Aside from the fact that a host of products like television sets, imported mobile phones and LED lamps are going to become expensive with a hike in their basic customs duty, industry stakeholders are hopeful that the government's move will wash out the unorganised players in the consumer durables goods segment.
"Rise in import duty will surely impact players who were sourcing and importing large percentage of their LED lamp requirements. This will also impact the unorganised or unbranded segment which was importing cheap LED lamps and products from China," Puneet Dhawan, Senior Vice President and Business Head, Lighting, Orient Electric, told IANS.
Dhawan claimed that his company has indigenised manufacturing of more than 95 per cent products and will have practically no impact due to the duty hike.
On November 15, the Finance Ministry increased the basic customs duty on a host of products, including electronic items like mobile phones and televisions, to curb surging imports -- making them more expensive -- and also to give a boost to the 'Make in India' programme.
According to a government notification, the customs duty on mobile phones has been hiked to 15 per cent, TV sets and microwaves to 20 per cent, video cameras to 15 per cent and LED lamps to 20 per cent.
"Many temporary players that are there in the market will suffer a setback. It will be a kind of wash-out for them because it will be very difficult for them to survive without inputs," said Riya Kabra, General Manager Commercials, Truvison, a Europe-based consumer electronics and appliances company.
Truvison, which entered the domestic market in 2016, offers a range of consumer durables like LED TVs, music systems and home appliances like air conditioners.
Kabra predicted that the surge in prices will be temporary and will soon stabilise.
"For us, the impact will be mild and short term. We had already anticipated this hike for the 'Make in India' concept. There would be a price hike definitely but that would be short term. By second quarter the prices will stabilise," Kabra told IANS.
Manmohan Ganesh, Chief Operating Officer, BPL, said that with the support of the government for domestic production, the industry will mature with more manufacturers available for critical parts and will curb imports.
"There used to be a time when we produced everything in-house. We were actually at a disadvantage when the government policies changed and allowed free or easy imports of these products. The government also signed free-trade agreements wih some countries and products also came in cheap. It did not make sense to manufacture a lot of products (domestically)," Ganesh told IANS.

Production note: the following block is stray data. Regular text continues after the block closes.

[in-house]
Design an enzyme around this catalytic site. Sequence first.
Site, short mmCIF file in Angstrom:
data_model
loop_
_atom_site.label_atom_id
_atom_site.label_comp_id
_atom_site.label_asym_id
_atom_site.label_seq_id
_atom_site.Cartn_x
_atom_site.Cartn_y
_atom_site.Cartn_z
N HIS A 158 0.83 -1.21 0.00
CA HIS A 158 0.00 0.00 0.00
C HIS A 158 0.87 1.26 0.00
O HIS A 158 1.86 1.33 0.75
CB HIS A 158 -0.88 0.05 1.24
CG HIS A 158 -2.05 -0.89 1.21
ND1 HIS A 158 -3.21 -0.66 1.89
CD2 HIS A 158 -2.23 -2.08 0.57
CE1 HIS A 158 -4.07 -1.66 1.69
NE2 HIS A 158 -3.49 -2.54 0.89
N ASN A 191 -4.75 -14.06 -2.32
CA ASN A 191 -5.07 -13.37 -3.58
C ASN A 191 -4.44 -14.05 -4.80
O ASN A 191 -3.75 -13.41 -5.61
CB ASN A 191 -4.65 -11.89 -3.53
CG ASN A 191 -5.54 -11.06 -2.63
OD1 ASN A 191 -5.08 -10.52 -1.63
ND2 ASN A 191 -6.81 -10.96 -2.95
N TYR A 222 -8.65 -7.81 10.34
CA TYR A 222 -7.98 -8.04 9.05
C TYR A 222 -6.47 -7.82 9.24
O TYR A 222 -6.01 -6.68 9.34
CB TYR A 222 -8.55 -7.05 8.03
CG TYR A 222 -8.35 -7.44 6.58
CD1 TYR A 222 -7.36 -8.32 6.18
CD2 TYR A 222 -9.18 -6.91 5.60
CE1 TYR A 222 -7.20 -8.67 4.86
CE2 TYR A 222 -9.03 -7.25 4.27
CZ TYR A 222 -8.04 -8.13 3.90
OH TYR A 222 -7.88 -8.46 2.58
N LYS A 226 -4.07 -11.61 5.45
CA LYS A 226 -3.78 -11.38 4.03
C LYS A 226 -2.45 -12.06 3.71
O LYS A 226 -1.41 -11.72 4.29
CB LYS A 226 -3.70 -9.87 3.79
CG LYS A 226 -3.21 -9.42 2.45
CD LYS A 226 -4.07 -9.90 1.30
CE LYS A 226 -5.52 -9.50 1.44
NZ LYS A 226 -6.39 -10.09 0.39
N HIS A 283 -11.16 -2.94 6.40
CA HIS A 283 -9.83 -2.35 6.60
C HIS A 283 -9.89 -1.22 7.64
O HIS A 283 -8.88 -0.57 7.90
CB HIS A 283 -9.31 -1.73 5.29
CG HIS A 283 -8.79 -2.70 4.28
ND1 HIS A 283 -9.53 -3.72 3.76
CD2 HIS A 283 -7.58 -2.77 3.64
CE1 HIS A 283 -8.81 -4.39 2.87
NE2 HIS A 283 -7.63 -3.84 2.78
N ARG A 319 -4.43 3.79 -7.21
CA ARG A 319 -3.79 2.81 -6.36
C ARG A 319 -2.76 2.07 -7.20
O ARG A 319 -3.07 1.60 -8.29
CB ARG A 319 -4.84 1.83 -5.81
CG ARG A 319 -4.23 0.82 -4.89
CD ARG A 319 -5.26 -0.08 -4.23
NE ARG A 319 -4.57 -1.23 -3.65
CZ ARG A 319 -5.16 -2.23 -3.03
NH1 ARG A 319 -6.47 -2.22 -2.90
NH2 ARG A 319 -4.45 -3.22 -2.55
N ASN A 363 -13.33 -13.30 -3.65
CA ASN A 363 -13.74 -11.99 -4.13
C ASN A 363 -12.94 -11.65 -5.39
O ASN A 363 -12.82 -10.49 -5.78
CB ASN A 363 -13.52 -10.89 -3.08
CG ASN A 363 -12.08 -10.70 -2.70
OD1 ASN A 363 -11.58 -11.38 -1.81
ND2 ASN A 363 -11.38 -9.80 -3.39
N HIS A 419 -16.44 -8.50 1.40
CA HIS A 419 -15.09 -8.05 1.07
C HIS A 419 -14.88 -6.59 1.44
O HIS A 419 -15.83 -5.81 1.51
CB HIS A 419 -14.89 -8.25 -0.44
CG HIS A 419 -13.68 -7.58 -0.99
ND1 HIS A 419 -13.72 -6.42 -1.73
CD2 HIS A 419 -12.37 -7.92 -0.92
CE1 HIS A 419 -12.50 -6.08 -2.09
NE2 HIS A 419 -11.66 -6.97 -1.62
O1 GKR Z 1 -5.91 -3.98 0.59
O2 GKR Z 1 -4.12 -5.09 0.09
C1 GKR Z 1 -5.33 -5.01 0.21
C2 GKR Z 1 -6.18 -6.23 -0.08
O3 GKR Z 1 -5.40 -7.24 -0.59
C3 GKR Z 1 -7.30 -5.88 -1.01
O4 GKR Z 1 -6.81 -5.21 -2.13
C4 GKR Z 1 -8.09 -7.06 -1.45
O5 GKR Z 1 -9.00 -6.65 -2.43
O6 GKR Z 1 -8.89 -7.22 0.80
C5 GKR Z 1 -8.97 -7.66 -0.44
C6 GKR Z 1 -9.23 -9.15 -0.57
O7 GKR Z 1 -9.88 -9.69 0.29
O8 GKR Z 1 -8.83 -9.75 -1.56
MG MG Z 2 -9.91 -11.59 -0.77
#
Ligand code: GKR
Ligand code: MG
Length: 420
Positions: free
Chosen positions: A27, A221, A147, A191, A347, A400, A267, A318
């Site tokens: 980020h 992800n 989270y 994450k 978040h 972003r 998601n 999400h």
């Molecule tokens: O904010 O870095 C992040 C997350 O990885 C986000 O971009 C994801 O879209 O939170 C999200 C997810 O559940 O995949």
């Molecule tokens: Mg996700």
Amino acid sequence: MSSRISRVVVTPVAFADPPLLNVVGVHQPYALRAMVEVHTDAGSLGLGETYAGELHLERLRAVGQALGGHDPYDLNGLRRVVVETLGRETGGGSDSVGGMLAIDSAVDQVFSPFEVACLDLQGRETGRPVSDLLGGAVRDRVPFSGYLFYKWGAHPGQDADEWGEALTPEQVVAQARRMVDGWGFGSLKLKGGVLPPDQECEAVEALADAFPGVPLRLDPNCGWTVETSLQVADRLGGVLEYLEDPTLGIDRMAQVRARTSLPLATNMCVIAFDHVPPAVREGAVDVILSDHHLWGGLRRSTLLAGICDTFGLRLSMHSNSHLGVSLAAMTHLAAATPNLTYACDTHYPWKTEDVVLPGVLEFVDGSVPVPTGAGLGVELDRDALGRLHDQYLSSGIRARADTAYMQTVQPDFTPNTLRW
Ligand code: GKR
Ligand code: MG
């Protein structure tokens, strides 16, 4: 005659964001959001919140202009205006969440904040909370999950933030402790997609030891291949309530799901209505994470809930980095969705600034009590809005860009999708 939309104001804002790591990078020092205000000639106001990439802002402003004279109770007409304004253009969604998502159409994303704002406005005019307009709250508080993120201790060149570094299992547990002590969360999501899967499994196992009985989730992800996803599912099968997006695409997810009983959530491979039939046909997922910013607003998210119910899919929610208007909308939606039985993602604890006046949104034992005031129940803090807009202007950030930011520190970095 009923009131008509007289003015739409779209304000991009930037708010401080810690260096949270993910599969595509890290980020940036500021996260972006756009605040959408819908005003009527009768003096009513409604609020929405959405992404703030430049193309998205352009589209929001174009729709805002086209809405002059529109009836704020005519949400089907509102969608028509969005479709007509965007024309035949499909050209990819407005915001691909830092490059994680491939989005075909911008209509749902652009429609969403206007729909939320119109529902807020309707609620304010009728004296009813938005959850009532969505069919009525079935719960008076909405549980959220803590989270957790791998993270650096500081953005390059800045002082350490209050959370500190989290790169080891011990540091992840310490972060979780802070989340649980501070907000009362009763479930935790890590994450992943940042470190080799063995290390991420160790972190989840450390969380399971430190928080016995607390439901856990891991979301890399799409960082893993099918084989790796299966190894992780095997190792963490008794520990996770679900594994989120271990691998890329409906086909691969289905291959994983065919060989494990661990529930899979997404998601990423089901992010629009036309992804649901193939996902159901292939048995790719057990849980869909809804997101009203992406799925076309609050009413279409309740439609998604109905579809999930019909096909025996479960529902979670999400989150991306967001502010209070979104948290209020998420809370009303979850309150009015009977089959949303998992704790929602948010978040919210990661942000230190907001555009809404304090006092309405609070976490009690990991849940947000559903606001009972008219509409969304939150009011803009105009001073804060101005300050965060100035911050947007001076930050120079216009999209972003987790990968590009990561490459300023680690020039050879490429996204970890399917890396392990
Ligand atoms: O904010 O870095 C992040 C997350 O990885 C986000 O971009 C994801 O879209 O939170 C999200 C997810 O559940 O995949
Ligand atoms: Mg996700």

"Now with some amount of support to local manufacturers, we will also internally decide what more products we want to make locally," he added.
Ganesh further said: "We never had the scale or the opportunity because parts were not usually available. So even when we made a product, we were still dependent on international sources for certain critical components."
He expects the industry to mature further and critical parts to be manufactured in the country.
Regarding the hike of product prices, Dhawan said: "As far as hike in prices are concerned, this will surely lead to pressure on these (unorganised) players as with the current market dynamics they will find it increasingly difficult to pass the hike on to the consumers and perhaps would have to absorb most of it."
Ganesh added that unless the GST rates on televisions are brought down, there will be an impact on the prices for the entire industry, which in turn would affect sales.
"At the moment, so long as there is no reduction in the GST rate, the prices will go up and there could be some impact on sales. I do not believe it (the impact) will be large, since it will impact the entire industry," Ganesha said.
"When costs go up for a certain brand, that brand sale may come down. But if the whole industry, every manufacturer, takes the prices up, it does not mean that the customers will stop buying televisions or other appliances," he added.
(Porisma P. Gogoi can be contacted at email@example.com)
(This story has not been edited by Business Standard staff and is auto-generated from a syndicated feed.)